10 Aug Honoring Neurosurgery and the Neurosurgeons Who Make Up This Profession
It weighs three pounds, has 100 billion cells and is responsible for almost all human behavior. It’s the brain, one of the body’s biggest organs.
And while the brain is only part of what neurosurgeons engage and work with (they also work with the spine), dealing with this most notoriously complex organ of the body is the first association that comes to mind.
Every year, the American Association of Neurological Surgeons (AANS) observes Neurosurgery Awareness during the month of August. In the past, Neurosurgery Awareness Month has focused on causes and prevention of traumatic brain injury (TBI), back pain, injury prevention and other neurological safety topics.
In 2015, the focus of the AANS Neurosurgery Awareness Month is aimed at the neurosurgeons themselves. Throughout August, the AANS will disseminate materials that look at the men and women involved in neurosurgical practice, forming a broader picture of those who have committed their lives to this most elite practice.
To celebrate this month and join in the focus of this campaign, we aspire to shed a light on the field of neurosurgery, the profession of the talented and dedicated neurosurgeons at Advanced Neurosurgery Associates (ANA).
What is a Neurosurgeon?
A neurosurgeon is a medical specialist who treats diseases and conditions affecting the nervous system, which includes the brain, the spine and spinal cord, and the peripheral nerves. Neurosurgeons provide non-operative and surgical treatment, depending on the nature of the injury or illness, to patients of all ages. At ANA, our experts deal extensively with both the pediatric and adult populations.
While a neurosurgeon’s primary responsibility entails performing surgery to resolve issues regarding the nervous system, the role also requires assessing and diagnosing patients. This is complicated by the fact that many of them are admitted to a hospital with unpredictable emergency situations, which means a neurosurgeon has no opportunity for any pre-scheduling or preparation.
While elective surgery for various conditions is an aspect of the profession, unexpected emergency surgery (say for an aneurysm) is also part of the job. And in addition to the daily tasks, these unscheduled emergencies compromise a substantial portion of neurosurgery.
Today, neurosurgery represents one of the most successful and prestigious specialties. It continues to lead the way in research, education and advances in surgical technologies, which serve all areas of medicine.
Notably, however, the field of neurosurgery is still rare for women. While ANA is privileged to have on staff Dr. Allison Rathmann, who has been mentored by Dr. Arno Fried, the founder of ANA, the field is still underrepresented by women. A mere 10 percent of neurosurgery residents in 2010 were women, compared with nearly half of all medical residents. Read more about Dr. Rathmann as a woman in her field.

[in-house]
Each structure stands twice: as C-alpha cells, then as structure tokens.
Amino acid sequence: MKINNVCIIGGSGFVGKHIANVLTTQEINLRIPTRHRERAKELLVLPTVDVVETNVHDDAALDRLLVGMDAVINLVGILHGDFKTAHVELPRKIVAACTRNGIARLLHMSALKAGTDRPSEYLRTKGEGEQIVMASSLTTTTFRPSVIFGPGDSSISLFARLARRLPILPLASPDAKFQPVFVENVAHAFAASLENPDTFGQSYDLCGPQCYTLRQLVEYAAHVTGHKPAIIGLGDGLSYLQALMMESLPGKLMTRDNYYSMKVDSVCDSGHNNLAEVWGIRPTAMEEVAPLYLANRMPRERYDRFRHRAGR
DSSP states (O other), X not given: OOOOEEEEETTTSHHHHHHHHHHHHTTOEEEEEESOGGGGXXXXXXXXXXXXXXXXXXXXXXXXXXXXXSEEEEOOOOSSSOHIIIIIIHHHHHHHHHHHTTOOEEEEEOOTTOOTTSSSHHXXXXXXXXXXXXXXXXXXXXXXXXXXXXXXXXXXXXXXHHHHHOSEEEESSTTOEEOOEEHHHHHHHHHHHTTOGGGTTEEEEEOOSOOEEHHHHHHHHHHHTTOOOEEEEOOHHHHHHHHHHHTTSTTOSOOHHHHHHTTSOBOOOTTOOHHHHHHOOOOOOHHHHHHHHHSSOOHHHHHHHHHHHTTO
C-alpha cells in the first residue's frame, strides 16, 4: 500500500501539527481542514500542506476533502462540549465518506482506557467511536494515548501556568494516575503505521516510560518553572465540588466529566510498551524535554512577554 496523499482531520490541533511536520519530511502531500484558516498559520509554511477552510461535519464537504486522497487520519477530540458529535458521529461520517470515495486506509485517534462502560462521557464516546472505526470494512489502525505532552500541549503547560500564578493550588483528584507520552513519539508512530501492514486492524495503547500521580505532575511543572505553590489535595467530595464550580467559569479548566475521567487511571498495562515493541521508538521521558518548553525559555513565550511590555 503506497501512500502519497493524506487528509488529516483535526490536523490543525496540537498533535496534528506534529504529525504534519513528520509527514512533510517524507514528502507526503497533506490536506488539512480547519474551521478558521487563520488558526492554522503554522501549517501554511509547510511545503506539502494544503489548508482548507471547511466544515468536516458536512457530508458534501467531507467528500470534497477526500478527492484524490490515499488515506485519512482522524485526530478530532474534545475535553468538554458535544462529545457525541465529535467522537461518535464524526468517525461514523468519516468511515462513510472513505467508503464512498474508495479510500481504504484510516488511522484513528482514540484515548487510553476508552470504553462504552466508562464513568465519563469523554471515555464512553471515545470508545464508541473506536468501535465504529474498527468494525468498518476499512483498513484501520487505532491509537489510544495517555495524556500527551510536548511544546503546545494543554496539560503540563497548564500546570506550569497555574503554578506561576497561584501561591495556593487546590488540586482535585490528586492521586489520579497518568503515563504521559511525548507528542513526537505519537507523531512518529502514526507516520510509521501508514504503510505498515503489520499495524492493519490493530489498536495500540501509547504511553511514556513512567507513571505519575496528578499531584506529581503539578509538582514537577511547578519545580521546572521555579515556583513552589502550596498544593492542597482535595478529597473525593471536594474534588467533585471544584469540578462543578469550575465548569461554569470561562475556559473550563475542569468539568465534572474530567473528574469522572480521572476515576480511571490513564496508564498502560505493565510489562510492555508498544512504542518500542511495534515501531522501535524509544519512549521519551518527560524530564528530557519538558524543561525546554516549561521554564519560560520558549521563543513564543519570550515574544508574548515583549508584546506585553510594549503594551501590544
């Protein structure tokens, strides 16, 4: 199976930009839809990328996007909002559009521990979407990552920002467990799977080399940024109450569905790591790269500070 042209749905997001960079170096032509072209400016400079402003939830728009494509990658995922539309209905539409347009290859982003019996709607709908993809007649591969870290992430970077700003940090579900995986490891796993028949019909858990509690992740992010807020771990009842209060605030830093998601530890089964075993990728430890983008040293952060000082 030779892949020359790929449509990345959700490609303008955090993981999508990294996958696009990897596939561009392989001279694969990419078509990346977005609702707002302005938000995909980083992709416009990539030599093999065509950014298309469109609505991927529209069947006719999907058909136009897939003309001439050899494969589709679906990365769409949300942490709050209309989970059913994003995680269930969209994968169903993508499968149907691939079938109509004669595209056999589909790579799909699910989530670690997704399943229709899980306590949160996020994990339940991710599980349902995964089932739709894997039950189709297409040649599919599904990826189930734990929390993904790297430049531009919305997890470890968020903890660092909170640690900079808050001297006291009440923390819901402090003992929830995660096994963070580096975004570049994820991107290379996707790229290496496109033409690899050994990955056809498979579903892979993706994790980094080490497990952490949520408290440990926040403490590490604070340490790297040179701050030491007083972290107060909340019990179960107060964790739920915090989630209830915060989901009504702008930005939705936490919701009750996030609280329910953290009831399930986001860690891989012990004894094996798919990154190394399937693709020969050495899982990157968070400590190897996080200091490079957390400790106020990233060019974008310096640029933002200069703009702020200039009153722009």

Compassion and Communication
While dealing with both patients and their families in what can be an incredibly emotional and trying field, a neurosurgeon must bring to bear skills in both compassion and communication. In addition, neurosurgery requires extensive teamwork (and thus communication skills) with other medical professionals. Both of these aspects are a hallmark and an emphasis of ANA. In addition to the team of experts relied upon within treatment, a neurosurgeon must also communicate with trauma doctors in the emergency room as well as neurologists and oncologists. Communication may also extend to physical therapists and patients’ family doctors.
Neurosurgeons are also responsible for staying updated on a constantly changing medical field, which includes such aspects as research and clinical trials. Whether through medical conferences or other networking, this requires collaboration with peers, specifically other doctors and scientists.
Education and Training
Neurosurgeons have one of the longest training periods of any medical specialty. The years of training are necessary because of the complexity of the nervous system. The advanced training also enables neurosurgeons to use some of the most sophisticated techniques in medicine. Few medical specialties come close to neurosurgery in terms of technological advances. Neurosurgeons use three-dimensional brain imaging, incision-free stereotactic neurosurgery, operating microscopes and other cutting-edge
techniques to treat patients.
The education and training to become a neurosurgeon includes the completion of:
• Four years of pre-medical education at a college or university
• Four years of medical school resulting in an MD or DO degree
• One year internship in general surgery
• Five to seven years in a neurosurgery residency program
• A potential fellowship after residency to specialize in a particular area
• Continuing education — annual meetings, conferences, scientific journals, research — to keep up with advances made in the complex field of neurosurgery
About Advanced Neurosurgery Associates (ANA)
Advanced Neurosurgery Associates (ANA) provides world-class care for a comprehensive range of neurological conditions for adults, children, their caregivers and families. ANA combines compassion with the latest research and technology in neurological medicine in providing the most effective, state-of-the-art treatment available. Renowned locally, nationally and globally, ANA provides an unparalleled level of expertise in the field of adult and pediatric neurosurgery.